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‘They saved their whole lives for this’: American woman’s heartbreak after parents’ death on Hajj



CNN

Saida Wuri said her parents’ lifelong dream was to participate in the Hajj, which brings Muslims from around the world to Saudi Arabia every year.

They spent their “life savings” – a total of $23,000 – on an all-inclusive travel package through a Maryland-registered tour company.

“They saved their whole lives for this,” he told CNN’s Fredricka Whitfield.

But the journey of a lifetime turned tragic this week when it was learned that his mother, Isatu Tejan Vouri, 65, and father, Aliu Dousi Vouri, 71, were among the hundreds of pilgrims who died. extreme temperature Covering the Persian Gulf country. More than 500 The number of confirmed deaths is feared to be over a thousand.

The Voorhees are US citizens from Bowie, Maryland. Ms. Woori recently retired as a head nurse at Kaiser Permanente in Prince George’s County, her daughter told CNN.

Speaking on CNN’s Whitfield on Saturday, Woori said he kept in close contact with his parents through family group chat while they were in Saudi Arabia. He said that it was during that chat that he came to know that the tour company did not provide proper transport facilities or credentials required to participate in the yatra. He said the group his parents were traveling with, which included 100 fellow pilgrims, did not have enough food and supplies for the five- to six-day journey to the pillar of Islam.

Woori believes her parents were “not properly prepared” for the trip by the tour operator and “didn’t get what they paid for” from the company. CNN has reached out to the travel agency for comment.

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Family photo

Z. Tejan Vuri and Aliyu Dousi Vuri.

When he heard from his parents on Saturday, June 15, his mother texted that they had already been waiting for hours for transport to take them to Mount Arafat. She believes they were in Mina at the time. The couple eventually opted to walk instead and sent a message to their daughter after they walked for more than two hours.

The couple later joined fellow pilgrims and others in their expedition group on Mount Arafat, where they gathered to pray and meditate at the holy site. After her father said they could not continue the journey and would stop along the way, one of their tour group contacted Saida Wuri and told her that her parents were missing on Mount Arafat. The man continued to the top of Mount Arafat, but was unable to find the couple when he descended.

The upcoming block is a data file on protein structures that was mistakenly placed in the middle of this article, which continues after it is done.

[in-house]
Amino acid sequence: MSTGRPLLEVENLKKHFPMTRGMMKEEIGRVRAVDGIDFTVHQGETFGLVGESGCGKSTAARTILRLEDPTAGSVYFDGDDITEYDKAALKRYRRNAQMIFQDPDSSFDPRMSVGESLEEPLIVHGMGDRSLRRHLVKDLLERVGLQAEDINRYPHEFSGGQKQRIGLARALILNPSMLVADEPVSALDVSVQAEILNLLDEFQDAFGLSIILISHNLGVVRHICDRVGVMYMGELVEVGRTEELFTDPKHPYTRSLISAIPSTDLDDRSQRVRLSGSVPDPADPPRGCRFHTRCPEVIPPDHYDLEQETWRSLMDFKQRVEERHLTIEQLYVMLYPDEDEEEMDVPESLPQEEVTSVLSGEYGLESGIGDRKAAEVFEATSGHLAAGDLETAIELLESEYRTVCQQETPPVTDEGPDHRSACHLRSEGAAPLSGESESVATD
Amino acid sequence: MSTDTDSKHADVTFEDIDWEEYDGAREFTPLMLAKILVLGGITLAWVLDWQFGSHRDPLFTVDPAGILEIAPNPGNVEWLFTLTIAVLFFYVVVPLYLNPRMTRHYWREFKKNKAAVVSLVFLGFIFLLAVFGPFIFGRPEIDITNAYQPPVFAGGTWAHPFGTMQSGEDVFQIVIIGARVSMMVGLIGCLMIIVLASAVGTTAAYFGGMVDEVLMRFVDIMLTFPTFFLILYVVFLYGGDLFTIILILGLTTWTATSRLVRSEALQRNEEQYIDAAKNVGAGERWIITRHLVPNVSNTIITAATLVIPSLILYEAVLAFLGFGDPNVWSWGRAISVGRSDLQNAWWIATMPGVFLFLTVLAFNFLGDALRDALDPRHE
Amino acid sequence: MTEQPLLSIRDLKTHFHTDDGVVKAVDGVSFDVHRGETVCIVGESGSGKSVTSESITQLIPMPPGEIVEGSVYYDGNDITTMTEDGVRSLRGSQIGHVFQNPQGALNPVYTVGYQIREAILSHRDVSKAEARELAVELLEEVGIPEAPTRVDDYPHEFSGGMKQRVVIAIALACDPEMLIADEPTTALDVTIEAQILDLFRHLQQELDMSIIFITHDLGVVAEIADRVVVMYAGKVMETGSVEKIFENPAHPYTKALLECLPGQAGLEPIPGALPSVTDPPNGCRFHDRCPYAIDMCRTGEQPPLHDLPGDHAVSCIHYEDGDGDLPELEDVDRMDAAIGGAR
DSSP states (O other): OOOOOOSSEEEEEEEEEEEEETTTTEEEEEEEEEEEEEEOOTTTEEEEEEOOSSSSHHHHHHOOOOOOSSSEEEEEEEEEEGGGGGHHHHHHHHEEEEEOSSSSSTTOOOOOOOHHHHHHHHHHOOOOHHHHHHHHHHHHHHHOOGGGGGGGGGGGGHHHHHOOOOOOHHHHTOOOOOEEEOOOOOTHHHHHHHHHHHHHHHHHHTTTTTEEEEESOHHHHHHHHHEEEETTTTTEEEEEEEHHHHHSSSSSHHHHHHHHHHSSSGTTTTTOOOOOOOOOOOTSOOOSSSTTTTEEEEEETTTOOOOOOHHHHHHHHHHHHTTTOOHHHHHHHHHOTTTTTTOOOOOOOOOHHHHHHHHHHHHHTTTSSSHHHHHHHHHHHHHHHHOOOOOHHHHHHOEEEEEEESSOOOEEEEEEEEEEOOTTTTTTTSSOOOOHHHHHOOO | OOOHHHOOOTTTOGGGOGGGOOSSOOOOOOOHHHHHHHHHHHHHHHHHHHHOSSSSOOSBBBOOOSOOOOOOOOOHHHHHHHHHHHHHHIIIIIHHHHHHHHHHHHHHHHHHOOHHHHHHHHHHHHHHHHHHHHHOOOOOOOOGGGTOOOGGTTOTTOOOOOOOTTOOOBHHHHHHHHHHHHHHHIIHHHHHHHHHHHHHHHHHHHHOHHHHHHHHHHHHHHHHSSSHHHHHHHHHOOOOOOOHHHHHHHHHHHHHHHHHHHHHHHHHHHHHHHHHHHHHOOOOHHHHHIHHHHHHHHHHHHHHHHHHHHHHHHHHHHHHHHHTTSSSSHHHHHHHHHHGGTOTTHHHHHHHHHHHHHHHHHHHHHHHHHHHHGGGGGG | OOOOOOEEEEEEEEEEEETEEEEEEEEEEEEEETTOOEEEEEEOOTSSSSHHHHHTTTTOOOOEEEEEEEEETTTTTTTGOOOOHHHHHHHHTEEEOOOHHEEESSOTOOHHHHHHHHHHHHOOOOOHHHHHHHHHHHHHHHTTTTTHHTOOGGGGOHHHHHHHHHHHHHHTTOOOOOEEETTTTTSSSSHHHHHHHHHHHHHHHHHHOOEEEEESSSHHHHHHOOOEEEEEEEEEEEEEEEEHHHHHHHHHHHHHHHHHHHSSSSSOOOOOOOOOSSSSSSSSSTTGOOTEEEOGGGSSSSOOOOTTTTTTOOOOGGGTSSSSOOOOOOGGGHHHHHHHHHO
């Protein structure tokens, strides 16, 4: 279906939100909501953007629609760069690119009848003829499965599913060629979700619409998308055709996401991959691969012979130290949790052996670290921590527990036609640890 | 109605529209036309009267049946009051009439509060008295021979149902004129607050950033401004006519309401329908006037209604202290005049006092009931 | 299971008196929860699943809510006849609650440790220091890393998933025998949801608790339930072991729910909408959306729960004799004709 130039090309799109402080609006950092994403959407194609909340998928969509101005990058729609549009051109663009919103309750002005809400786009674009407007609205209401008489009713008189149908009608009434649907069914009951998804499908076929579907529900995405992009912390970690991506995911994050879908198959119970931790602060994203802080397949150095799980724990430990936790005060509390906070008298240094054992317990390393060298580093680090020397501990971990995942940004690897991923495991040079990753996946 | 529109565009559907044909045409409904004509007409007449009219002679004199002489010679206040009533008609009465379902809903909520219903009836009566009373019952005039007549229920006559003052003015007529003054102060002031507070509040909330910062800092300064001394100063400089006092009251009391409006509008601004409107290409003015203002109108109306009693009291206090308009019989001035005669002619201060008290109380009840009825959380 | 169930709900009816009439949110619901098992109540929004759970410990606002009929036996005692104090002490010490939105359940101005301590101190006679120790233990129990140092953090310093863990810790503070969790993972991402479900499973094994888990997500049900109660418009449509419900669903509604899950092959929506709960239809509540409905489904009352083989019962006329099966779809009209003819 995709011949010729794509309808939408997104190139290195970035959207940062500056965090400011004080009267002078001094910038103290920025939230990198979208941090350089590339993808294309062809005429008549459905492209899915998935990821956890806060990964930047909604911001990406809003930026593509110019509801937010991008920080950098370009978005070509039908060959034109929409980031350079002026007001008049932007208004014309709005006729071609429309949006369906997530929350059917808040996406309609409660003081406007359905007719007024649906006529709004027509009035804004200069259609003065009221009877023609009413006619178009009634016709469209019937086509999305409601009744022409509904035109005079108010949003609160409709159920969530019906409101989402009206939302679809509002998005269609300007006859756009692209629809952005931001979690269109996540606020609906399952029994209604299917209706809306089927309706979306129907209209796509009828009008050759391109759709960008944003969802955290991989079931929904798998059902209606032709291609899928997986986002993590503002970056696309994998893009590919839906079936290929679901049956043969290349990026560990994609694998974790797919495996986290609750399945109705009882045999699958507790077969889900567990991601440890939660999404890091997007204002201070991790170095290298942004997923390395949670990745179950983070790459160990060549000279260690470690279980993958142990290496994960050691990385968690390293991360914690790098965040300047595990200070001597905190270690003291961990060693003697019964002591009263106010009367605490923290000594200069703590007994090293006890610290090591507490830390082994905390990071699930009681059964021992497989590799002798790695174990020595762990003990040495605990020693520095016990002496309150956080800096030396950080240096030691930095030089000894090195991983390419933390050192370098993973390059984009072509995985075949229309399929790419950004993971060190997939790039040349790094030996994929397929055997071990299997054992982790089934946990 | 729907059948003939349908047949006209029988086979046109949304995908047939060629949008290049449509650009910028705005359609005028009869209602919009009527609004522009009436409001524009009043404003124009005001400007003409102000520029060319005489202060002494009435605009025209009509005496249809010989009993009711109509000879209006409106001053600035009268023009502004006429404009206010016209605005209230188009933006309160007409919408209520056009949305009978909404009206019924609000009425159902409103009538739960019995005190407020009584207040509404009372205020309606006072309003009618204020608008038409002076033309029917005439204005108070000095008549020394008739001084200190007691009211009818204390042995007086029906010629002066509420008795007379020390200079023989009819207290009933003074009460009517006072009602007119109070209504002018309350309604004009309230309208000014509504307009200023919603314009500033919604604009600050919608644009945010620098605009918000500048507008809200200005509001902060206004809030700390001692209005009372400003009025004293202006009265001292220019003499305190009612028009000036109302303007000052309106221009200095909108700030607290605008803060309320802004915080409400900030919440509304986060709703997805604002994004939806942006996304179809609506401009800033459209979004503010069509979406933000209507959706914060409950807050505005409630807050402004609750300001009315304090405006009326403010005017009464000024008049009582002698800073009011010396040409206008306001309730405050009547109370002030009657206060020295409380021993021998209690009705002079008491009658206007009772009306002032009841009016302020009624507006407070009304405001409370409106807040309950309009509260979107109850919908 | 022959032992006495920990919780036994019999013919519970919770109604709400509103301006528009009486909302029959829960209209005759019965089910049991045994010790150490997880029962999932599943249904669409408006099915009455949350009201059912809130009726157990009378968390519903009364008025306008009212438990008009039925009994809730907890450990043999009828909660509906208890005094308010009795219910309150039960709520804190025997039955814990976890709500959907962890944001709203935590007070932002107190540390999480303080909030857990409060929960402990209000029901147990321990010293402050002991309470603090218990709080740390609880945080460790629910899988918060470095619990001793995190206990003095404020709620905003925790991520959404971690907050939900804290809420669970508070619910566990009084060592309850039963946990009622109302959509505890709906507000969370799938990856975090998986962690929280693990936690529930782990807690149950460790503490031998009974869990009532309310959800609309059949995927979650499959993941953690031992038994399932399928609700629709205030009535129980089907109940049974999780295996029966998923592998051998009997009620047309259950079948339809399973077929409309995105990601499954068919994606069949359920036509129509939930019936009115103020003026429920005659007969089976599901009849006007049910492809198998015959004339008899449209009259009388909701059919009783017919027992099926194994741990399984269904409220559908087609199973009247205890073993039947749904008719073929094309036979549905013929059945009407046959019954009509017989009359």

Wuri received a death notification from the US embassy in Jeddah, which was received from the Saudi Ministry of Interior, saying his parents had died of “natural causes” on June 15. He was later advised by someone at the US Embassy that he had heat stroke. Considered to be a natural cause.

The Consulate General’s office told her that her parents were already buried, but could not tell her exactly where.

Now, Saida and her brothers are doing everything they can to get answers and find their parents’ grave.

“We have asked the Saudi government to keep the bodies to go to Saudi Arabia and at least give them a proper burial. [their] The children will be there and the bodies will be able to be identified,” he told Whitfield. “Unfortunately, they’re already buried.”

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Because she doesn’t speak Arabic and is unfamiliar with the area, she wants American diplomats to help her and her siblings find where their parents are buried and collect their belongings when they meet her on the ground. As of Saturday, he said, the envoys had not committed to meet him in person in Saudi Arabia.

The US State Department confirmed that “several US citizens have died in Saudi Arabia”, but declined to comment on any details about the Wuri family.

Extreme heat has been cited as a major factor behind the hundreds of deaths and injuries reported during this year’s Hajj. The holy city of Mecca, the center of the Hajj pilgrimage, hit a record high of 125 degrees Fahrenheit on Monday.

With high temperatures expected for this year’s gathering, the Saudi military deployed more than 1,600 personnel with medical units and 30 rapid response teams specifically for heat stroke. Another 5,000 health and first aid volunteers were also on duty.

Fadel Senna/AFP/Getty Images

A woman uses a battery-powered fan to cool a man lying on the ground during the ‘stoning of the devil’ ritual, a symbol of the annual Haj pilgrimage, in Mina on June 16, 2024.

But CNN spoke to other Haj pilgrims who said the arrangements were inadequate. describes Fellow worshipers were seen passing by bodies covered in white cloth, unconscious.

As countries around the world continue to independently report the deaths of their nationals, the exact death toll is unclear and is expected to rise.

Concerns about illegal tour groups have also increased. Egypt announced the cancellation of the licenses of 16 travel companies that organize Hajj trips, state-run news agency Ahram Online reported.

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This is not the first time hundreds of pilgrims have died during the Hajj, which this year has attracted more than 1.8 million people. More than 700 people were killed in 2015 During rush hour in the Saudi Arabian city of Mina, just outside Mecca. In 2006, 363 people were killed in a stampede at Mina where pilgrims had gathered to participate in the ‘stoning of the devil’ ritual. More than 200 people died last year.

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